Friday, April 27, 2018

Which came first: family or polis?

Which comes first: the political community or the family?  This strike me as a theoretically interesting question.  I am sure that it is a politically interesting one.  I suppose that most conservatives would be offended by the suggestion that the political community is in any way prior to the family.  To suggest as much might seem to authorize the examples of heavy-handed government intervention into parental decisions that we have recently seen in Britain.  That, after all, is why we sent the British government packing not quite so recently. 
As often happens, first glance is not the penetrating glance.  To argue that the family is fundamental (either because it is natural or because it is private) and government merely artificial in fact liberates government.  Political institutions can represent a leap into freedom from the individual and the biological foundations of life. 
That is a good deal of what left-wing social science wants to say.  I recently looked at a sociology text on the family.  It presented the family as an institution akin to slavery, with the mother and daughter in bondage.  In good Marxist fashion, the state can liberate the bond servants because it represents a Hegelian antithesis to the primitive familial institution. 
Unfortunately for this position, it works both ways.  If the political association is altogether new and unencumbered by the familial association, then the latter is also independent of the political association.  For that reason, as long as families continue to exist, they serve as a core or resistance to progressive government.  If familial bonding cannot be wiped out, and all evidence is that it cannot be wiped out, neither the final state nor even a genuine republic is possible.  The liberation of the political from the familial makes the problems of nepotism and tribalism unsolvable.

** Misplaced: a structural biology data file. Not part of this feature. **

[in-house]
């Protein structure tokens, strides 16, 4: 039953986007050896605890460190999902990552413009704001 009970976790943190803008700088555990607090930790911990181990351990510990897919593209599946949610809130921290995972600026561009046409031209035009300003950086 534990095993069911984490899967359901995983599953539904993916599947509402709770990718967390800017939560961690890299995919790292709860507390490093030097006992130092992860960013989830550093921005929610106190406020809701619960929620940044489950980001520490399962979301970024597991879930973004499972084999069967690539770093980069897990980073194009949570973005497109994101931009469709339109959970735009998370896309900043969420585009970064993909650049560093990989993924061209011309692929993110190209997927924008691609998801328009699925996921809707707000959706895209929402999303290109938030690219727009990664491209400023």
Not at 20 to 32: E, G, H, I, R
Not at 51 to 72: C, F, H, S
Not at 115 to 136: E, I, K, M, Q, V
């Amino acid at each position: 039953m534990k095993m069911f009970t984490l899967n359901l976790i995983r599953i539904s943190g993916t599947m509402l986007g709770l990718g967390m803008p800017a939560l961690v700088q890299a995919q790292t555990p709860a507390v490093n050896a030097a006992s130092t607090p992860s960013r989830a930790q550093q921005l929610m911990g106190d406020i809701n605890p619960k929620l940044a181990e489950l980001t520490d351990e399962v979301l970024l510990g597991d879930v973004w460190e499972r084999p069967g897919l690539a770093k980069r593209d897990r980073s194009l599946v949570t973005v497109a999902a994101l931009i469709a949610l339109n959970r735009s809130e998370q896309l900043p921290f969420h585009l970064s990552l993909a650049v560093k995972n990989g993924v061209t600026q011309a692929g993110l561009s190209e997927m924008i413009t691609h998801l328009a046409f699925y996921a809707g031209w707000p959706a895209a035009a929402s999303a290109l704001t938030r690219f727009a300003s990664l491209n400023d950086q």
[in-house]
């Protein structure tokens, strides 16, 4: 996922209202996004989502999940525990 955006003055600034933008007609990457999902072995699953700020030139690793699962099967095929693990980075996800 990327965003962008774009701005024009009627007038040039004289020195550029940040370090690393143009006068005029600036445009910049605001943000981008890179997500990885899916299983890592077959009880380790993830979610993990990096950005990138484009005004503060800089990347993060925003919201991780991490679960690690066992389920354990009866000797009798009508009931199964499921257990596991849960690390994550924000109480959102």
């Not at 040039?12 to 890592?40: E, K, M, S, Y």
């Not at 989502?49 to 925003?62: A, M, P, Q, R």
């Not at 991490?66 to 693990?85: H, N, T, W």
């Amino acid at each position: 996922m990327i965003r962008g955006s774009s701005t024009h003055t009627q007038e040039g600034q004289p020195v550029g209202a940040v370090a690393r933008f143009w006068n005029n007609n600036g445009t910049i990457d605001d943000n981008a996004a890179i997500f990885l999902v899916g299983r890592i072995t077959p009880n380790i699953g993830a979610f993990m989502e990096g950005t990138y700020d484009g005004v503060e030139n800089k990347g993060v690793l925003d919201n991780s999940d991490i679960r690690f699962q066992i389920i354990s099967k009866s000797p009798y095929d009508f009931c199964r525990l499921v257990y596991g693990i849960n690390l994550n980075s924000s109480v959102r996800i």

Here, a theoretical approach may be helpful.  There are two senses in which one thing can be prior to another.  One is temporal priority.  The baby is temporally prior to the child and the latter to the adolescent.  The other is logical priority.  The door is logically prior to the doorknob because the former makes sense without the latter but not vice versa.